Unorthodox historian's journey along the highways and byways of the past

 

BOOK OF THE DAY: JAMES KELLYreviews And Did Those Feet: Walking Through 2,000 Years of British and Irish HistoryBy Charlie Connelly Little, Brown 308pp, £12.99

AS ONE of the “dusty, musty” academics that have contributed, in Charlie Connelly’s estimation, to the “still-too-common perception of history” as boring, I might be expected to dislike this book, and to dismiss it as eccentric if not simply misconceived. It is certainly not a work of orthodox history.

Essentially a travelogue, in which Connelly traces the “routes taken by some of the famous and not-so-famous figures in the history of these islands”, it presents a series of historically grounded journeys, laced and enlivened with contemporary observations, personal experiences and present-centred reflections on the history and landscape of England, Scotland, Wales, Ireland and the Isle of Man over two millennia. Moreover, it does not observe the historians’ commitment to impartiality. Connelly’s accounts of the legendary figures and emblematical events which are his primary focus is unfailingly sympathetic; while the “journeys” he chooses to pursue seem to be guided more by the drama associated with the personality and the symbolic significance of what happened rather than by larger historical questions of causation and consequence.

Furthermore, the text abounds with anachronisms, colloquialisms and latter-day anecdotes that few will find either relevant or insightful. Yet these obvious deficiencies notwithstanding, this is a warm, informative, engaging work. Charlie Connelly clearly loves history as much as he does travelling; he also revels in the landscape (if not the weather, which proves very trying on several occasions), and meeting people. Moreover, having studied history at university, he possesses a developed historical sensibility that permits him to isolate and to prioritise pertinent facts, which he melds with the travellers’ relish for the landscape and the people that occupy it, and the creative writer’s capacity to tell a story. It is a narrative that is accessible, entertaining and frequently insightful.

The seven journeys that comprise this book were conducted over a period of eight months. In six of the seven, Connelly traces the epic journeys by major personalities from British history. They commence with the shadowy Queen Boudica’s (AD 60-61), whose long-celebrated revolt against the imperious Romans he pursues from its beginning at Norwich to its defeat at St Albans.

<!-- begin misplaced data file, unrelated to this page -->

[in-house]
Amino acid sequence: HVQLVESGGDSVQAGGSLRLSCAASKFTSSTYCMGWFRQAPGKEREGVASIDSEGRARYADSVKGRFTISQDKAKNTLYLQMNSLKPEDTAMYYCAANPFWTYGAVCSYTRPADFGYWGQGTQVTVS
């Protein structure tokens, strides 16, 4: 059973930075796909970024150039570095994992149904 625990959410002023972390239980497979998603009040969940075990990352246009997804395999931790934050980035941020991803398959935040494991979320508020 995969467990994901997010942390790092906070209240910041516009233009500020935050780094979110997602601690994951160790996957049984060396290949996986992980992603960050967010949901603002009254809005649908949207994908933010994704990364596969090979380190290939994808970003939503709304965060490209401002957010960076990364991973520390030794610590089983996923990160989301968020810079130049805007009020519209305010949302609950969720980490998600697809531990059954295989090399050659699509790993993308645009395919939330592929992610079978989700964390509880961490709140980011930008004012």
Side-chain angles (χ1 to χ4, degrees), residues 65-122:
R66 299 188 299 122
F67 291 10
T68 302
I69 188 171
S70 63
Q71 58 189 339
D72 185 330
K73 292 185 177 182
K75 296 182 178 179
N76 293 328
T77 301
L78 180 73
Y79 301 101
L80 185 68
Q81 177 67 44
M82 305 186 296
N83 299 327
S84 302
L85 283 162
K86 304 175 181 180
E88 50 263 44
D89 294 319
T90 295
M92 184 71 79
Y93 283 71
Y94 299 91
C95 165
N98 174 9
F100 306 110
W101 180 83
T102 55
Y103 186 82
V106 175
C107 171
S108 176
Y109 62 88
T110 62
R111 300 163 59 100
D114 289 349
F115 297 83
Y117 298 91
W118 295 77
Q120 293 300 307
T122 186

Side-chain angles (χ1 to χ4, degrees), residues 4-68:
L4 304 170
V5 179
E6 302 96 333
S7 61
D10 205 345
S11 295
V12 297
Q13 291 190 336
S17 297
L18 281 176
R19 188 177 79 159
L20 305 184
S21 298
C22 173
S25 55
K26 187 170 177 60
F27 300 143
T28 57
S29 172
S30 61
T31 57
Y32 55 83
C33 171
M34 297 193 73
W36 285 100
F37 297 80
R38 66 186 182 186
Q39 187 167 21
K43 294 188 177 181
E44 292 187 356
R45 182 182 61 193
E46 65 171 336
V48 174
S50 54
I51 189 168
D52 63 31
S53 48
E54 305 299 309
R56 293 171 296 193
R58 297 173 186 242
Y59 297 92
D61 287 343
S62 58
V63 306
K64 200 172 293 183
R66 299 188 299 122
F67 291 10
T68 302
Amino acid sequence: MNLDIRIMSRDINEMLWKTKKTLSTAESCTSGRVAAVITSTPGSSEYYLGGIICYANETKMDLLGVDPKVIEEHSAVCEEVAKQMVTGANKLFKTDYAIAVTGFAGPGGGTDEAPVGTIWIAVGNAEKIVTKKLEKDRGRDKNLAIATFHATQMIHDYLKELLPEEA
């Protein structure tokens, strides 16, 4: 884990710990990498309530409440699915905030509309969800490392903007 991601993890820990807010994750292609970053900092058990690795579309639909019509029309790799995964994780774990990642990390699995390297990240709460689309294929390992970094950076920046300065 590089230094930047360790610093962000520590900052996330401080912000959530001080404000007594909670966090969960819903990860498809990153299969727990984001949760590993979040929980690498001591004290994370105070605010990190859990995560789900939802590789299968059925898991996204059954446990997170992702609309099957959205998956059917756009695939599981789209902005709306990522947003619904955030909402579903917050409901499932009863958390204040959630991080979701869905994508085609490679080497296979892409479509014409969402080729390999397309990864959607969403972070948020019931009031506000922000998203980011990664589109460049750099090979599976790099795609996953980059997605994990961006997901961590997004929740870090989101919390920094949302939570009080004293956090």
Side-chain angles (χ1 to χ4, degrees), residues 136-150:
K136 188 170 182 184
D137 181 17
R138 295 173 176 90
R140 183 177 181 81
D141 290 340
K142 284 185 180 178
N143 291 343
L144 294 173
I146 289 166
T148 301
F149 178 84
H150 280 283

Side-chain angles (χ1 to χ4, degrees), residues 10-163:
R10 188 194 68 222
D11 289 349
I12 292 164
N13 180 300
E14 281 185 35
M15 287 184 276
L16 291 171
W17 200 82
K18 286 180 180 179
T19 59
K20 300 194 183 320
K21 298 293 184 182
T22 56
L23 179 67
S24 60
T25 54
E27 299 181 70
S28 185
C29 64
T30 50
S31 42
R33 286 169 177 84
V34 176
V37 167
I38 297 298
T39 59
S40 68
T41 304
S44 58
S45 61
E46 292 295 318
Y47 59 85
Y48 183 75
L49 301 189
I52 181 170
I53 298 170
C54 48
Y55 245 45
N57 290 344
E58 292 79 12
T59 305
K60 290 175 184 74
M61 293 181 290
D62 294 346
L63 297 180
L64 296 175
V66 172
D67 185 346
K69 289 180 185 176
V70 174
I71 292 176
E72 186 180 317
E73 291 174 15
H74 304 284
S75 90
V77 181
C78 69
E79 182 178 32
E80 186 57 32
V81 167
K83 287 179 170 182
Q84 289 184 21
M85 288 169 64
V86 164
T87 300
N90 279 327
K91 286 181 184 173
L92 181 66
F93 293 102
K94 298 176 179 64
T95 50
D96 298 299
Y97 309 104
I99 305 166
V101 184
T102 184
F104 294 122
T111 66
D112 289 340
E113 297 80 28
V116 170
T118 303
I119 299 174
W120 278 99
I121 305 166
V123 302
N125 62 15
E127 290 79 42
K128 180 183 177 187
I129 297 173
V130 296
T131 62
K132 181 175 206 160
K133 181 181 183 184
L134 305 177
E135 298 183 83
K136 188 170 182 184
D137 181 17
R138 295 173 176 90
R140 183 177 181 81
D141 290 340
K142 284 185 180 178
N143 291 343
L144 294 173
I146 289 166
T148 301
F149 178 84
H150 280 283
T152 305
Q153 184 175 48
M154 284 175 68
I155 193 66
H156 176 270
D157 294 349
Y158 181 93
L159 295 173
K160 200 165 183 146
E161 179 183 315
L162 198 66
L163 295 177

Connelly empathises with the elusive Boudica, but it is clear from his account not only that she was motivated by revenge, but also that she was a less consequential figure than King Harold (his second subject), who had kingship thrust upon him, and whose untimely end at the Battle of Hastings in 1066 paved the way for the ascendancy of William the Conqueror. By comparison, his third personality, Olaf the Dwarf, king of the Isle of Man (c1150), is less well known, but this man with a “pious heart and perky libido” rivals Owain Glyndwr as one of the most fascinating characters to whom Connelly introduces the reader. Of the author’s journeys, his travel through Wales in pursuit of Glyndwr is certainly the most revealing in its observations on the present, and Connelly’s conclusion that “Welshness is more about consciousness than the trappings of state” is intriguingly sustained by his fascinating account of the commemoration by a devoted body of Welsh nationalists of Llywelyn the Last – the last of the Welsh princes. By comparison, the journeys of Mary, Queen of Scots and the escape of Bonnie Prince Charlie, with the aid of Flora MacDonald, lack an equivalent contemporary echo.

This is not true, certainly, of the only Irish journey – the harrowing Doolough Famine Walk – which concludes the book, and which is explored in 10 moving pages. It is the only journey that engages with the “faceless”, but it serves as well as its predecessors to achieve the author’s objective, which is to animate “a sense of the vibrancy that history hoards”, and which even those of us who habituate the “dusty, musty” archives can but welcome.

  • James Kelly is head of the history department at St Patrick’s College, Drumcondra. His most recent work, The Proceedings of the Irish House of Lords, 1771-1800, was published by the Irish Manuscripts Commission in November